Skip to main content
Select Source:

House Arrest

HOUSE ARREST

Confinement to one's home or another specified location instead of incarceration in a jail or prison.

House arrest has been used since ancient times as an alternative to criminal imprisonment, often imposed upon people who either were too powerful or too influential to be placed in an actual prison. Hereditary rulers, religious leaders, and political figures, whose imprisonment might spur a revolt by loyalists, would be confined to their homes where they could live comfortably and safely but without any influence. House arrest does not always lessen its victims' influence, however. Aung San Suu Kyi, a political leader from Myanmar, was placed under house arrest from 1989 to 1995, and again, from 2000 to 2002, by the nation's military junta. On both occasions the international community successfully exerted pressure on the government to release Suu Kyi, a peace activist and Nobel laureate.

The term house arrest can also refer to electronic monitoring programs in which a convicted criminal is sentenced to home confinement instead of prison, for a specified period. The criminal wears an electronic ankle bracelet (for which he usually bears maintenance costs) that monitors movement and sends a signal to a central computer if the house arrest is violated. Examples of crimes that could warrant house arrest include white-collar crimes such as fraud or embezzlement. This type of sentence can be a cost-effective way of punishing criminals who pose no threat to others and thus do not need to be imprisoned at the state's expense.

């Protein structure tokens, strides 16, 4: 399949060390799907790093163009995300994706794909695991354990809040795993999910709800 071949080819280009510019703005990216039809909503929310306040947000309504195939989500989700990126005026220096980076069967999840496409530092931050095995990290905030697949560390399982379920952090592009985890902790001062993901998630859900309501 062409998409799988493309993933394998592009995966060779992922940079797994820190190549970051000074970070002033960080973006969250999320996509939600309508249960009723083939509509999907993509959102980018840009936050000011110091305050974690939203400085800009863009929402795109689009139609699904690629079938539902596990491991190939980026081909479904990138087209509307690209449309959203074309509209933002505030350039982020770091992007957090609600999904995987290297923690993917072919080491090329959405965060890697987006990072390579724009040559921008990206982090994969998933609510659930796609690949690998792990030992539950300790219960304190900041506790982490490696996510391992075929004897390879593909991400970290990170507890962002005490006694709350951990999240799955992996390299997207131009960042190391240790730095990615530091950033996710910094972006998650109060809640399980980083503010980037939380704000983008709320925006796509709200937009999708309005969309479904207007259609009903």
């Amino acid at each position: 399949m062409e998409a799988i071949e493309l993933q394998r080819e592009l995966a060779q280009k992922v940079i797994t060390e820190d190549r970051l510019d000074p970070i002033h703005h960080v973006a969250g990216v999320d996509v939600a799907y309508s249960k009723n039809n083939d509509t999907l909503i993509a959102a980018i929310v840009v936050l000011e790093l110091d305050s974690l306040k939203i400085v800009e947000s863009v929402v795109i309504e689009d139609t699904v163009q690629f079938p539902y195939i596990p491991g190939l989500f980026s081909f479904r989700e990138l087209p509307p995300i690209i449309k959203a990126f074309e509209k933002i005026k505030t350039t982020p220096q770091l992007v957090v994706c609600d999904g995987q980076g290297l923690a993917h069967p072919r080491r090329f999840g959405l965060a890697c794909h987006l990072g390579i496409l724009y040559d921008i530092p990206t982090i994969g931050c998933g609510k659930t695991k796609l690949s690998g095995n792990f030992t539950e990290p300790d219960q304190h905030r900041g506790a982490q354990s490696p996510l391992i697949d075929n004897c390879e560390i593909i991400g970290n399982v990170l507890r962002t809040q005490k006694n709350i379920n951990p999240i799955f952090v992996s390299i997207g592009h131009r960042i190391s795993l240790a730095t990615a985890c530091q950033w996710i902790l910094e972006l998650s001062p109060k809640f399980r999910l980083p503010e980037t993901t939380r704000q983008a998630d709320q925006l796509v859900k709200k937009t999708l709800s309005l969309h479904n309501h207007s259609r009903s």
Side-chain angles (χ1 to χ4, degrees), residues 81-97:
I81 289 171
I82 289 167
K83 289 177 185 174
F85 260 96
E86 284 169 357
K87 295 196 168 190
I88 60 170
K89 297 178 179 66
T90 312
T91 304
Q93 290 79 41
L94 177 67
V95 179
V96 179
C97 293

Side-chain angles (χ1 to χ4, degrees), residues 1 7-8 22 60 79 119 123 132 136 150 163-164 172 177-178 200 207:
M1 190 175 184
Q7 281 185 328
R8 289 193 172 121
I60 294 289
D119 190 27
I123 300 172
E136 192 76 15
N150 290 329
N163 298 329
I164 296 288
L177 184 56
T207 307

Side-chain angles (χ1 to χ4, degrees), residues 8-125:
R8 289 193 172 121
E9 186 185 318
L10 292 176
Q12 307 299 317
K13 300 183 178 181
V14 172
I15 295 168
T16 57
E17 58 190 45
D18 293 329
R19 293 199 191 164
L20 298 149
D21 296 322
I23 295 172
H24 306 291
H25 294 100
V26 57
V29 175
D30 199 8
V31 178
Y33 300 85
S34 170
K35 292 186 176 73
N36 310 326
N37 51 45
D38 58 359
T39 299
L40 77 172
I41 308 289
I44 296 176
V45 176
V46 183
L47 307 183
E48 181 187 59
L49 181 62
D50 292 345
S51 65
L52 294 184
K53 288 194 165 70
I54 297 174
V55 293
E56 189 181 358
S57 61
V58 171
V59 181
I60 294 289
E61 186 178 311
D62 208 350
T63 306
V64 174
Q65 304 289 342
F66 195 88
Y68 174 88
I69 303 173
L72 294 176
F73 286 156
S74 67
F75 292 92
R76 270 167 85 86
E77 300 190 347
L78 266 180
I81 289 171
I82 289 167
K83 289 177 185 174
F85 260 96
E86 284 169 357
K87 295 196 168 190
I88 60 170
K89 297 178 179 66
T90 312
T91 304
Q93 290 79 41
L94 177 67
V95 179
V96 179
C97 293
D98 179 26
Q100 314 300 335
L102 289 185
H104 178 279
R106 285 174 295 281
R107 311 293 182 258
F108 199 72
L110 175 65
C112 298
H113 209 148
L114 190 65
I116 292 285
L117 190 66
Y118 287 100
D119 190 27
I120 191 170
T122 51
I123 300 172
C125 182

Cite this article
Pick a style below, and copy the text for your bibliography.

  • MLA
  • Chicago
  • APA

"House Arrest." West's Encyclopedia of American Law. . Encyclopedia.com. 22 Feb. 2018 <http://www.encyclopedia.com>.

"House Arrest." West's Encyclopedia of American Law. . Encyclopedia.com. (February 22, 2018). http://www.encyclopedia.com/law/encyclopedias-almanacs-transcripts-and-maps/house-arrest

"House Arrest." West's Encyclopedia of American Law. . Retrieved February 22, 2018 from Encyclopedia.com: http://www.encyclopedia.com/law/encyclopedias-almanacs-transcripts-and-maps/house-arrest

Learn more about citation styles

Citation styles

Encyclopedia.com gives you the ability to cite reference entries and articles according to common styles from the Modern Language Association (MLA), The Chicago Manual of Style, and the American Psychological Association (APA).

Within the “Cite this article” tool, pick a style to see how all available information looks when formatted according to that style. Then, copy and paste the text into your bibliography or works cited list.

Because each style has its own formatting nuances that evolve over time and not all information is available for every reference entry or article, Encyclopedia.com cannot guarantee each citation it generates. Therefore, it’s best to use Encyclopedia.com citations as a starting point before checking the style against your school or publication’s requirements and the most-recent information available at these sites:

Modern Language Association

http://www.mla.org/style

The Chicago Manual of Style